-The Development of Drama-
Drama was the main form of Elizabethan art.
Entertainment was rooted in the communal life of medieval towns and villages.
Drama was addressed to a mixed public, more trained in listening than in reading.
Cities' authorities were against public performances, but the Queen enjoyed plays.
Because authorities were against public plays, theatres were usually built in suburbs, like Southwark in London.
But then, with the development of a mercantile society, started being built new theatres.
The playwrights source's were from old plays, ballads, sermons.
The Elizabethan Theatre was linked with Italian Plays, Greek Theatre and also with some Latin writers, like Seneca.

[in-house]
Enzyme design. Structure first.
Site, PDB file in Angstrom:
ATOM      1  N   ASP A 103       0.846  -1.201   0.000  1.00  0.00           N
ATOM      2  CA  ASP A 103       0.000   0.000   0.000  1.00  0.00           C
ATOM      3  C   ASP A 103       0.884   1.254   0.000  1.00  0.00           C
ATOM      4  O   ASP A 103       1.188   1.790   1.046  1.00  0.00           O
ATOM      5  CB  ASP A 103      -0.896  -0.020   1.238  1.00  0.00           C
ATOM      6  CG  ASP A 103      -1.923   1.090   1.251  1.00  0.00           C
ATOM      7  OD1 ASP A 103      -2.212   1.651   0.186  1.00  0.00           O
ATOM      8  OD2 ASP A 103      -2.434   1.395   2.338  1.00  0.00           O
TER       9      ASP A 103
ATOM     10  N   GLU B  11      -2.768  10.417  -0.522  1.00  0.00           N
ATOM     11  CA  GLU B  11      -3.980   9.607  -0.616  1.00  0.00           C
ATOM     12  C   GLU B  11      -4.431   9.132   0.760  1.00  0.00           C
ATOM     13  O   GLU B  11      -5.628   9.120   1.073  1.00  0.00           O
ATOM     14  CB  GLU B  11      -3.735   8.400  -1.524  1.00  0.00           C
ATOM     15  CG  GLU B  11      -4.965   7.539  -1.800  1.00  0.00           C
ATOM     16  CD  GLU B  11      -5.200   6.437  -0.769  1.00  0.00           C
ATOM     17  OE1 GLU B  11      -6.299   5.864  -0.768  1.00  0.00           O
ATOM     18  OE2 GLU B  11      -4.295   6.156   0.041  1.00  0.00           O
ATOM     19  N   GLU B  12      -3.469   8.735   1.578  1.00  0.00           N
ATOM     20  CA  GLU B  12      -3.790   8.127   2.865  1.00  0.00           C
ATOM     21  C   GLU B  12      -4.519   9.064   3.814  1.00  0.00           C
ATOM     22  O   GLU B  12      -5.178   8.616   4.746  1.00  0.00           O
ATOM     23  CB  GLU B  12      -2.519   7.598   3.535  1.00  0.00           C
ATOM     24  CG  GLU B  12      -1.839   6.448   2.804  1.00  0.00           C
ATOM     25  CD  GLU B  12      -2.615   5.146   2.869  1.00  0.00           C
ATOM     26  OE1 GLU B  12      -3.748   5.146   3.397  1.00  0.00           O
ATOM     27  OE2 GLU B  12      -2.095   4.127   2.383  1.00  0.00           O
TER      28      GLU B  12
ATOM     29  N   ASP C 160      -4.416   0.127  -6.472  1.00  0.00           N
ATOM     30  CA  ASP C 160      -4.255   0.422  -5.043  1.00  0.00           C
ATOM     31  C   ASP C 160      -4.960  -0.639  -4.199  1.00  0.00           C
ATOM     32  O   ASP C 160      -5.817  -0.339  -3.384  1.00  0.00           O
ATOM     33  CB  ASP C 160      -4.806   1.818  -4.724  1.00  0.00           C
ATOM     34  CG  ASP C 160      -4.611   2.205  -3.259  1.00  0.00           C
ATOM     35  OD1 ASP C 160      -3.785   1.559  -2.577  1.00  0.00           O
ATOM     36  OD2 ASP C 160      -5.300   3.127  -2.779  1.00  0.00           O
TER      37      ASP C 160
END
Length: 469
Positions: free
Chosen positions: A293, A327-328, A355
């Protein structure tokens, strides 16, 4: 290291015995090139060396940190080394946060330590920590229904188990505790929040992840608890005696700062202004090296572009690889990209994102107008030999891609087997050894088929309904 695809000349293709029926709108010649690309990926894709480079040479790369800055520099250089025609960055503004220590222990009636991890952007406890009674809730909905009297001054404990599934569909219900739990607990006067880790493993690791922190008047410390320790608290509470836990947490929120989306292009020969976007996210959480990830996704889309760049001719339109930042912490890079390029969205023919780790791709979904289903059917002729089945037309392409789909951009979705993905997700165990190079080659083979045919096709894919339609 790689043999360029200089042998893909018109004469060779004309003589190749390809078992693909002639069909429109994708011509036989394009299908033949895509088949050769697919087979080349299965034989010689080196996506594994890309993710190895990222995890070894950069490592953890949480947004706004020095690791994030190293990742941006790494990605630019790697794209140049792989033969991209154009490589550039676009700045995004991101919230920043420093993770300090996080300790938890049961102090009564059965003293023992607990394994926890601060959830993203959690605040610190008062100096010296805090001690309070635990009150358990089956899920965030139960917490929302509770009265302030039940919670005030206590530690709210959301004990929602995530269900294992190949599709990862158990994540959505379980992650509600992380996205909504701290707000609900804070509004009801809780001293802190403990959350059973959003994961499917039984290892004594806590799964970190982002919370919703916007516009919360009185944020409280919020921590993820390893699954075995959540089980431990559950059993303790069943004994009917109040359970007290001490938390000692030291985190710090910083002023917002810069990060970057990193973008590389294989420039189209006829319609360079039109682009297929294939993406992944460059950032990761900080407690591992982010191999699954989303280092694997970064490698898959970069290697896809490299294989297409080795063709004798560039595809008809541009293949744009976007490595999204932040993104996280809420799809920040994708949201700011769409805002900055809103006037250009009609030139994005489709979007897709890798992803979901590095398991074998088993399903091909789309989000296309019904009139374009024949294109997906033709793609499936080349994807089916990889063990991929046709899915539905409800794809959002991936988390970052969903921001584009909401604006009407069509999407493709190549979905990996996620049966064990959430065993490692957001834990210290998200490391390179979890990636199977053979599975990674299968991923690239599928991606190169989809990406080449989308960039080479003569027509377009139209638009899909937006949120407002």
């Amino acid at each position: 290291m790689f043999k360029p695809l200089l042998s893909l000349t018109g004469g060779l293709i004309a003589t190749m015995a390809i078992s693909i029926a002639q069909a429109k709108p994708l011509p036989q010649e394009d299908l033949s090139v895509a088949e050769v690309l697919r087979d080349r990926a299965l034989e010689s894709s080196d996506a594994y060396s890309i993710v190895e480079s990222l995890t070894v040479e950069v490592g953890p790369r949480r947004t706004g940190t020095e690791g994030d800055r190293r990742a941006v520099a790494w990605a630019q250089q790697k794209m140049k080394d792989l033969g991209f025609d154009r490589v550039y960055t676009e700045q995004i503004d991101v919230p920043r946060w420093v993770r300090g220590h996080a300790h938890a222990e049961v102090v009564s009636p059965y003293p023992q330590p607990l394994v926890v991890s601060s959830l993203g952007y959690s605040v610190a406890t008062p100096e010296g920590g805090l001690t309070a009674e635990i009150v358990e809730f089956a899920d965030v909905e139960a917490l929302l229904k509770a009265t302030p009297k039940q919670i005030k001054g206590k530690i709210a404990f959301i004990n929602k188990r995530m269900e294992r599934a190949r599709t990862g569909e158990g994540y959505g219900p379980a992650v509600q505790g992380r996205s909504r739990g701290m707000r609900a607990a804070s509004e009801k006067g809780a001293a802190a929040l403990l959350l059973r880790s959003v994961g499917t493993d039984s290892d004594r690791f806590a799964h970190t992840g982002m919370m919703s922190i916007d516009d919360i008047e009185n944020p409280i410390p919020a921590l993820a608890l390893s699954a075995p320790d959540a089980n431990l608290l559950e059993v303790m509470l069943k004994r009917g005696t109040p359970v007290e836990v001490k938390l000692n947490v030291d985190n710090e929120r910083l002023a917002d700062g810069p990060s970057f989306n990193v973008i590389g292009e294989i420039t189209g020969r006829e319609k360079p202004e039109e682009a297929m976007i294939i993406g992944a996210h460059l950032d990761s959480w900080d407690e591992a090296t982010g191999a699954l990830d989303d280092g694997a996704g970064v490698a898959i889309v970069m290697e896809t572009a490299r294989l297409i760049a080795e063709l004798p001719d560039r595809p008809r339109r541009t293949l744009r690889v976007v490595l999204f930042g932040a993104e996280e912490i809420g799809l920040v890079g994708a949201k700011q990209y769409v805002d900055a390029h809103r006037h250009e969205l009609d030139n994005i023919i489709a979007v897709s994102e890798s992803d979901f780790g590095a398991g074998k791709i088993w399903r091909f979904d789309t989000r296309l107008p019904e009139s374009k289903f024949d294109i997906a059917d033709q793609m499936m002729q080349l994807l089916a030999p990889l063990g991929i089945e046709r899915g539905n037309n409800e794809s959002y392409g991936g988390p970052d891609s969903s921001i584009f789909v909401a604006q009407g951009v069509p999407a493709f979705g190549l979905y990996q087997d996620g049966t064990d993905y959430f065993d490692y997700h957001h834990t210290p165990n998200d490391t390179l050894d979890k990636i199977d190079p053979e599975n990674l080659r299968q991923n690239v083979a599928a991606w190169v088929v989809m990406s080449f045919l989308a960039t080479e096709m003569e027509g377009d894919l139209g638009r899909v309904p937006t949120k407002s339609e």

The English Theatre was inspired from Niccolò Machiavelli works' for displaying horrors, vices and corruption.
From the Greek theatre, the Elizabethan one took some features, like being public or nationalistic and being a celebrating theatre for English history.
One of the most popular Drama of the time was “The Spanish Tragedy” of Thomas Kyd, a play influenced by Seneca, full of horror, mixed with Machiavellian ingredients; it had a play within the play.